What’s in the proposed abortion law


By Dr Chisale Mhango:

As indicated in the series on what is in the proposed law on termination of pregnancy, we further provide a commentary (an explanation or interpretation) on what the provisions mean in plain language.

  1. THE LONG TITLE: The long title to the Bill explains or gives a reason as to why the Act is being enacted. It says that the aim of the Bill is to make provision for legal and safe termination of pregnancies in Malawi and also to provide for matters that will be consequential to the issues dealing with termination of pregnancy in this case matters dealing with regulation of the terminations and other incidental matters.
  2. SHORT TITLE: This provides for how the Act will be cited once enactment is done.
  3. Section 2 is the definition section. All pieces of legislation provides for definitions of terms and words that are used in the Act so that there is easy understanding of the same. This Bill has defined words like “certified health service provide”; approved health facility”; “health professional regulatory body”; and also “conscientious objection”. The section also provides when the law shall come into force once enacted. All laws have a commencement date. Mostly, laws come into force by notification published in the gazette by the minister responsible.
  4. The gist of the Bill starts in section 3 which is Part III under the heading Regulation of Termination of Pregnancies and Service Delivery. In section 3(1) this section provides for who can perform termination of pregnancies and the grounds on which the pregnancy can be terminated. Here, the proposed law states that it is only a certified health service provider who can perform a termination of pregnancy. The definition of a certified health service provider is provided for in the definition section (section 2) to mean a licensed medical doctor, a clinical officer, a registered nurse and a nurse midwifery technician, or a medical assistant. The catch word here is that such a health service provider has to be registered, it means therefore that if the person is not registered, he or she cannot perform a termination of pregnancy. This is a very welcome scenario as it clearly shows that not every Jim and Jack is allowed to terminate pregnancies. This also gives the pregnant woman protection as there will be more skill and care taken when one is performing the termination of pregnancy.
  5. Section 3(1)(a)(b)(c)(d) gives the grounds upon which a pregnancy can be terminated. According to the proposed law, there are only four (4) grounds upon which a pregnancy can be terminated. These are if the continuation of the pregnancy shall put the health of the woman in danger; if there will be injury to the health of the one carrying the pregnancy. The health will either be mental or physical [The law here has recognised that a pregnancy does not just affect the physical health but also the mental health of a pregnant woman.] This is a positive development as more women are mentally affected health wise during pregnancy than their physical health. Another ground is where there is severe malformation of the foetus and due to the malformation, the foetus will not be able to survive if it becomes a h u m a n being. In other words, it will be burdensome to bring into the world such a foetus. The words used are “and its viability or compatibility will be affected”. The final ground is that a pregnancy will be terminated if such a pregnancy is as a result of rape, defilement or incest. Rape is having sexual intercourse with a woman without her consent; defilement is having sexual intercourse with a girl who is below the age of sixteen (16) years, incest is having sexual intercourse with one`s grand-daughter, daughter, sister, mother or grandmother. It can clearly be seen here that the law recognises that situations arise whereby related people will make each other pregnant and that such pregnancy cannot be kept and it has to be terminated. Legally it is not correct to keep such a pregnancy. Morally and religiously it is even not acceptable.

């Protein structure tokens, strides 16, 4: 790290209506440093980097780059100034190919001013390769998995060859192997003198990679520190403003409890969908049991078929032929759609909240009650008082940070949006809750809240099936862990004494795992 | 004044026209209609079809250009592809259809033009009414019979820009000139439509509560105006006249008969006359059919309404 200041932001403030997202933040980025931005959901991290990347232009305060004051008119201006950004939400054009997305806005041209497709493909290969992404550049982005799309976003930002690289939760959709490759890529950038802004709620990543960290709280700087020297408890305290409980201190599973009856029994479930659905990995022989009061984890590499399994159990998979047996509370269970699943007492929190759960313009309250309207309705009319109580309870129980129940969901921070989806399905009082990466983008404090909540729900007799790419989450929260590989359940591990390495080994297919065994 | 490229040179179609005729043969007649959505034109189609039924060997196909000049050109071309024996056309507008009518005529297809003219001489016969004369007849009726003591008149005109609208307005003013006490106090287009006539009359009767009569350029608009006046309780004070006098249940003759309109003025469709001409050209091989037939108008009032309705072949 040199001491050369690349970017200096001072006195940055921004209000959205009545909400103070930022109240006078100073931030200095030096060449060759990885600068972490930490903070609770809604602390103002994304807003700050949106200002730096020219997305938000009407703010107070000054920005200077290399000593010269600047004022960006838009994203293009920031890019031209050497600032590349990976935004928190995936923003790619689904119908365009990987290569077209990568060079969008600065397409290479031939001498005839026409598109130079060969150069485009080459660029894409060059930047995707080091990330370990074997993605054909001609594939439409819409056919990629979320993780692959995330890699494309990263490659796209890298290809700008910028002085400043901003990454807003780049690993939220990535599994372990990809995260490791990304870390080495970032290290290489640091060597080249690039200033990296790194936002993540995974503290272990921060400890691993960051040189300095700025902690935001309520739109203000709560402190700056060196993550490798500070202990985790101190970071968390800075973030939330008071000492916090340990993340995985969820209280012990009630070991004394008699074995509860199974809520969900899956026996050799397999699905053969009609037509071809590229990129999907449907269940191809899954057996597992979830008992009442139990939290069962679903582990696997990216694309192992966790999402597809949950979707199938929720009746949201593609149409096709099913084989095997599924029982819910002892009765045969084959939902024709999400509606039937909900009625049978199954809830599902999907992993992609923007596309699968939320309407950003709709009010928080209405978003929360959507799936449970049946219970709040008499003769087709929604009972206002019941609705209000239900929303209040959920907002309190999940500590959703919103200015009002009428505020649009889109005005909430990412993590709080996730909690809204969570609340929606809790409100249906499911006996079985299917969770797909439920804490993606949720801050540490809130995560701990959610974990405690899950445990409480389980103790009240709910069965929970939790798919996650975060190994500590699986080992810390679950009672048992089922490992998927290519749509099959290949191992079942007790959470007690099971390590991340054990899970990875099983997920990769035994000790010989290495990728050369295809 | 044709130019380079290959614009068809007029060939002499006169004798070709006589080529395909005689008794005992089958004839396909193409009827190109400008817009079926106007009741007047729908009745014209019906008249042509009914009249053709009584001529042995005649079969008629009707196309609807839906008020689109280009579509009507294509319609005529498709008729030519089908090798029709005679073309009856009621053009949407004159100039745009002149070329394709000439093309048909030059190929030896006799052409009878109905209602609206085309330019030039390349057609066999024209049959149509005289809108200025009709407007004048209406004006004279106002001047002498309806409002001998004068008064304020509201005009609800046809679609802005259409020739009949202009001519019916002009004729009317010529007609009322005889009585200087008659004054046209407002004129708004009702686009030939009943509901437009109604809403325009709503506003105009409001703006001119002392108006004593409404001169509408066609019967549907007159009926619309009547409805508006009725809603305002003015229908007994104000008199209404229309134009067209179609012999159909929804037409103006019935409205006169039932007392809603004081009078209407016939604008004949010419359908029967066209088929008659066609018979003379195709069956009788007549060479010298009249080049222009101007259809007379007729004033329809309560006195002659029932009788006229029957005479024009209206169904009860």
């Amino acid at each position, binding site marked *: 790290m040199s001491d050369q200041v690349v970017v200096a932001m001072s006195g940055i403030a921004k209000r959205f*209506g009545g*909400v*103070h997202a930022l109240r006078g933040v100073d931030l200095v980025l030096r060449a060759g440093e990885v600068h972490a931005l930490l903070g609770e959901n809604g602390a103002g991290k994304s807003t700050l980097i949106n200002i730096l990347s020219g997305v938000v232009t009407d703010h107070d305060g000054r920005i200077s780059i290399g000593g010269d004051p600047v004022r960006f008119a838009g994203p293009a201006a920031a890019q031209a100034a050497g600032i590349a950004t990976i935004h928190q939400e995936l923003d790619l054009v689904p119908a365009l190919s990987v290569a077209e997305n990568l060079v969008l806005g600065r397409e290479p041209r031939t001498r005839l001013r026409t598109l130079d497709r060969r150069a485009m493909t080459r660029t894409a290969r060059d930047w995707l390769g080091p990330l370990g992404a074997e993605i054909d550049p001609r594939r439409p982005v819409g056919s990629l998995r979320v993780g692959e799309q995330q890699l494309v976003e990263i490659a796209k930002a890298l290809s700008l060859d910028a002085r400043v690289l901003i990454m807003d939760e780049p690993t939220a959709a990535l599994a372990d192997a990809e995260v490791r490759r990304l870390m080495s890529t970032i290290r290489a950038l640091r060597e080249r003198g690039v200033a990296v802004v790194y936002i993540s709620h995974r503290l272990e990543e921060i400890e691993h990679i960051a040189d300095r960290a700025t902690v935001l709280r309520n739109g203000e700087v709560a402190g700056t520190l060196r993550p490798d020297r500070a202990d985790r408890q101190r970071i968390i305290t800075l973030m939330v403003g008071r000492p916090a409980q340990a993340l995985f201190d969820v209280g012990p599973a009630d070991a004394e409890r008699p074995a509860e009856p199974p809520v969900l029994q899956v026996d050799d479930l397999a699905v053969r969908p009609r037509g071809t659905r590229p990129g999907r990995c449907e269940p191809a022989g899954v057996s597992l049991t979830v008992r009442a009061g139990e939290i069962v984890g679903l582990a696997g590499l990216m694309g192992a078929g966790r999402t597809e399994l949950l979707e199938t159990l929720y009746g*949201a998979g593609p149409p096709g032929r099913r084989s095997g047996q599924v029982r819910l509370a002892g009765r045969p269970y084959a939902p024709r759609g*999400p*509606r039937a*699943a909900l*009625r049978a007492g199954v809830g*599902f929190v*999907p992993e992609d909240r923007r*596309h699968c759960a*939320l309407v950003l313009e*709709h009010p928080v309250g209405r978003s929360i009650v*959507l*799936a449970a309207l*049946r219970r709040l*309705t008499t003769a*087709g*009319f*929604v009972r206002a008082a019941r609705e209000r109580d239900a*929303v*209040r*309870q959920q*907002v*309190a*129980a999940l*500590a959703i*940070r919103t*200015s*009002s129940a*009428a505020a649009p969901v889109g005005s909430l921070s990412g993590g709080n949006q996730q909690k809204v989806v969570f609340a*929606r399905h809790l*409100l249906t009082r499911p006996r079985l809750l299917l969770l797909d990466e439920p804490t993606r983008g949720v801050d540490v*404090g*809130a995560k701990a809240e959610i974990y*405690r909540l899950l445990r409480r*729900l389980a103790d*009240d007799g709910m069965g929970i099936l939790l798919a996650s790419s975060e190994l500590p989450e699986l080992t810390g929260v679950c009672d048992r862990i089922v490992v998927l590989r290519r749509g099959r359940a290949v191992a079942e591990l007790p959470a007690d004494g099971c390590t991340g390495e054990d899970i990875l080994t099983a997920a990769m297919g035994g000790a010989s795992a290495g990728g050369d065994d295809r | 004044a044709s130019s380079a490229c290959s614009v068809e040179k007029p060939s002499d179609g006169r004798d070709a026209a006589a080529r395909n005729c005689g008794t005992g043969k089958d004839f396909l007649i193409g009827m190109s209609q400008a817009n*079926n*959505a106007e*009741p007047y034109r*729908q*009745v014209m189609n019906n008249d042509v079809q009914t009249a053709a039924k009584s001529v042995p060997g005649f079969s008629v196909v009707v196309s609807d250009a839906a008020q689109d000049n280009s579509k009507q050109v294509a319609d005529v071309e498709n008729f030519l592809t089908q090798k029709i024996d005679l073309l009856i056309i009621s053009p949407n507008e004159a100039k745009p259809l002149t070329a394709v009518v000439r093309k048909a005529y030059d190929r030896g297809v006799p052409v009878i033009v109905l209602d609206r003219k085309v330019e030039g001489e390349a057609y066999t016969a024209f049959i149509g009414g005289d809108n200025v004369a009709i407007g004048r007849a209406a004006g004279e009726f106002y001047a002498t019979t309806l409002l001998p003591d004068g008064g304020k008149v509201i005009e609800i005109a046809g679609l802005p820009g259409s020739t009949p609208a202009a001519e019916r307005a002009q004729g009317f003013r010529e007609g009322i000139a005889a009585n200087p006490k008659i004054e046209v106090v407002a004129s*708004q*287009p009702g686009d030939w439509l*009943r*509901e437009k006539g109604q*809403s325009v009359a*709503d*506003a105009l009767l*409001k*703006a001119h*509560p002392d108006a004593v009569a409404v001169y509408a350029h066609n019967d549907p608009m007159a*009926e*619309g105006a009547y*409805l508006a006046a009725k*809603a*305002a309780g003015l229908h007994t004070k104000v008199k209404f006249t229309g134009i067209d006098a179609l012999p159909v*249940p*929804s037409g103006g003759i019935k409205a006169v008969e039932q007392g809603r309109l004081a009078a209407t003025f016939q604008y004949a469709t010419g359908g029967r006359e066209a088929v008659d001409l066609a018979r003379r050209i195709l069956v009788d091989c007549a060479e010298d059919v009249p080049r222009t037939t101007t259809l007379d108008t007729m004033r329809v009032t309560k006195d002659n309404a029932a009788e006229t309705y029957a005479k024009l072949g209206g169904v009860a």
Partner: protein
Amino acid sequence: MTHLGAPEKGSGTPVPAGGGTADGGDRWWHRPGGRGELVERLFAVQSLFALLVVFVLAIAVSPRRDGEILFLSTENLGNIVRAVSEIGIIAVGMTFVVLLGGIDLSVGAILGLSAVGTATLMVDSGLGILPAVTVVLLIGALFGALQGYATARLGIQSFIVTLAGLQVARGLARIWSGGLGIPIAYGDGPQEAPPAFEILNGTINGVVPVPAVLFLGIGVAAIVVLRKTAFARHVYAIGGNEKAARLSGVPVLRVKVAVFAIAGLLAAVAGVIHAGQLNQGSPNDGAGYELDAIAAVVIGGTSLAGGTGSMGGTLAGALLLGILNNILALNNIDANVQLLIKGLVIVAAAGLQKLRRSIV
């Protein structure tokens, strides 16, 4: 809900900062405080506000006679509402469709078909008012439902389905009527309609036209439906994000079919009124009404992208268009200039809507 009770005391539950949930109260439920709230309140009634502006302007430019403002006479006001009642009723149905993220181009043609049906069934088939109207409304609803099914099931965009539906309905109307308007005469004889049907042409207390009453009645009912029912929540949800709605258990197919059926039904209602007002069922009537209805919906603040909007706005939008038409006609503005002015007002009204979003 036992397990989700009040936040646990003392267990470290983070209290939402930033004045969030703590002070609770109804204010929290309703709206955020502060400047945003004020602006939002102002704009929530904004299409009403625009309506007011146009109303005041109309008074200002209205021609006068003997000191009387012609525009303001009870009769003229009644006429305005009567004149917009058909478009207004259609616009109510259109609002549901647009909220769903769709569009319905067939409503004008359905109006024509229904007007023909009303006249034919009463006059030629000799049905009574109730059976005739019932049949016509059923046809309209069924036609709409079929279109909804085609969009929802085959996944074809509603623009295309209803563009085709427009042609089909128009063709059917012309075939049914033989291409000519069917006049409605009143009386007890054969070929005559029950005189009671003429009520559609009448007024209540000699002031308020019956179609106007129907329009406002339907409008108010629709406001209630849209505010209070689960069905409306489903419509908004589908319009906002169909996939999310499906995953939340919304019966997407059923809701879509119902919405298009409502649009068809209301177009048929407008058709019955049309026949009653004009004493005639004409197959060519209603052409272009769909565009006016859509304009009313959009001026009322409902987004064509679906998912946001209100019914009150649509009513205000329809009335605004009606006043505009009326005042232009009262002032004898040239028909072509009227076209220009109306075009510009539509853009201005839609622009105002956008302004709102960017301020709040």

6. In addition, the law realises the seriousness of incest, rape and defilement thus, there is a requirement that the police have to be involved, that is, the matter has to be reported to police. In addition, a pregnancy arising out of these offences has to be less than sixteen (16) weeks old.
  7. Termination shall not be performed on demand and on social economic circumstances. The proposed law does not however, define what are socio-economic circumstances.
  8. Though the grounds are not as many and wide as expected, however it is a good starting point in the liberalisation of the law on termination of pregnancy in Malawi. The proposed law has given an expansion of what was there before as provided in section 243 of the Penal Code.
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